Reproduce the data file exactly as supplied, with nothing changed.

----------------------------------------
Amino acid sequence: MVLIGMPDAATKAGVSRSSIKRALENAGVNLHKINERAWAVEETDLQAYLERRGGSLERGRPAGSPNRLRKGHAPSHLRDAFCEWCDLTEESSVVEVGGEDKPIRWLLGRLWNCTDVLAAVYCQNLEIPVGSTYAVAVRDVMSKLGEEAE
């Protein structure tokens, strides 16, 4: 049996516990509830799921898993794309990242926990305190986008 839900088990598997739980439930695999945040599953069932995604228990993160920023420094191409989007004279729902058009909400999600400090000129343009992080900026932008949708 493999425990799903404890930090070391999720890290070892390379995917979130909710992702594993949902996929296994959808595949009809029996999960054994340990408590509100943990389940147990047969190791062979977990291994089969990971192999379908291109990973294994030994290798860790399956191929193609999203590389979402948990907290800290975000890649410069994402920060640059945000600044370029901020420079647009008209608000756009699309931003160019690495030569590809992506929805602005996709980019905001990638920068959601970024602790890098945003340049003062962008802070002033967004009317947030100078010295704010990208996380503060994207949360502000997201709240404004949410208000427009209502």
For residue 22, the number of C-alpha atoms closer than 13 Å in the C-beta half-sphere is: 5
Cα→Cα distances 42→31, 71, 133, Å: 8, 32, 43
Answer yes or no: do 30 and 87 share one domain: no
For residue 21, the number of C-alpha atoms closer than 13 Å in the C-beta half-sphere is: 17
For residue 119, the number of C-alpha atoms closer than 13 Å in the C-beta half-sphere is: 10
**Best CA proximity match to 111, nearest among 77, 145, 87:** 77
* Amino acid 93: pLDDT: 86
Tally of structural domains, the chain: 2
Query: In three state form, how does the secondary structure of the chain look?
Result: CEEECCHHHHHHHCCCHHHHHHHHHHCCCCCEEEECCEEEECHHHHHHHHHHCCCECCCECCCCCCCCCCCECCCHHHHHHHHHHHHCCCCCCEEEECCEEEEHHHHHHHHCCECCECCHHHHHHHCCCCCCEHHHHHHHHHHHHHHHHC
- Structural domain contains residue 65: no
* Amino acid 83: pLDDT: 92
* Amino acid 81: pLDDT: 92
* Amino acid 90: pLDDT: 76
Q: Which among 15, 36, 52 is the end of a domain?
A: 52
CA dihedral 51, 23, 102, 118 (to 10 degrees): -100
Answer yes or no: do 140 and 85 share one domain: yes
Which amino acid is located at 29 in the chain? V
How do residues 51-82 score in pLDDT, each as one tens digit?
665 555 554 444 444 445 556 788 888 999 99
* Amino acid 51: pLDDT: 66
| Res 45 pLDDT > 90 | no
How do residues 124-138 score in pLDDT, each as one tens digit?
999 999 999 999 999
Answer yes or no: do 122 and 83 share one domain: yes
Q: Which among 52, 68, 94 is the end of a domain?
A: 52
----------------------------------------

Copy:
Amino acid sequence: MVLIGMPDAATKAGVSRSSIKRALENAGVNLHKINERAWAVEETDLQAYLERRGGSLERGRPAGSPNRLRKGHAPSHLRDAFCEWCDLTEESSVVEVGGEDKPIRWLLGRLWNCTDVLAAVYCQNLEIPVGSTYAVAVRDVMSKLGEEAE
């Protein structure tokens, strides 16, 4: 049996516990509830799921898993794309990242926990305190986008 839900088990598997739980439930695999945040599953069932995604228990993160920023420094191409989007004279729902058009909400999600400090000129343009992080900026932008949708 493999425990799903404890930090070391999720890290070892390379995917979130909710992702594993949902996929296994959808595949009809029996999960054994340990408590509100943990389940147990047969190791062979977990291994089969990971192999379908291109990973294994030994290798860790399956191929193609999203590389979402948990907290800290975000890649410069994402920060640059945000600044370029901020420079647009008209608000756009699309931003160019690495030569590809992506929805602005996709980019905001990638920068959601970024602790890098945003340049003062962008802070002033967004009317947030100078010295704010990208996380503060994207949360502000997201709240404004949410208000427009209502």
For residue 22, the number of C-alpha atoms closer than 13 Å in the C-beta half-sphere is: 5
Cα→Cα distances 42→31, 71, 133, Å: 8, 32, 43
Answer yes or no: do 30 and 87 share one domain: no
For residue 21, the number of C-alpha atoms closer than 13 Å in the C-beta half-sphere is: 17
For residue 119, the number of C-alpha atoms closer than 13 Å in the C-beta half-sphere is: 10
**Best CA proximity match to 111, nearest among 77, 145, 87:** 77
* Amino acid 93: pLDDT: 86
Tally of structural domains, the chain: 2
Query: In three state form, how does the secondary structure of the chain look?
Result: CEEECCHHHHHHHCCCHHHHHHHHHHCCCCCEEEECCEEEECHHHHHHHHHHCCCECCCECCCCCCCCCCCECCCHHHHHHHHHHHHCCCCCCEEEECCEEEEHHHHHHHHCCECCECCHHHHHHHCCCCCCEHHHHHHHHHHHHHHHHC
- Structural domain contains residue 65: no
* Amino acid 83: pLDDT: 92
* Amino acid 81: pLDDT: 92
* Amino acid 90: pLDDT: 76
Q: Which among 15, 36, 52 is the end of a domain?
A: 52
CA dihedral 51, 23, 102, 118 (to 10 degrees): -100
Answer yes or no: do 140 and 85 share one domain: yes
Which amino acid is located at 29 in the chain? V
How do residues 51-82 score in pLDDT, each as one tens digit?
665 555 554 444 444 445 556 788 888 999 99
* Amino acid 51: pLDDT: 66
| Res 45 pLDDT > 90 | no
How do residues 124-138 score in pLDDT, each as one tens digit?
999 999 999 999 999
Answer yes or no: do 122 and 83 share one domain: yes
Q: Which among 52, 68, 94 is the end of a domain?
A: 52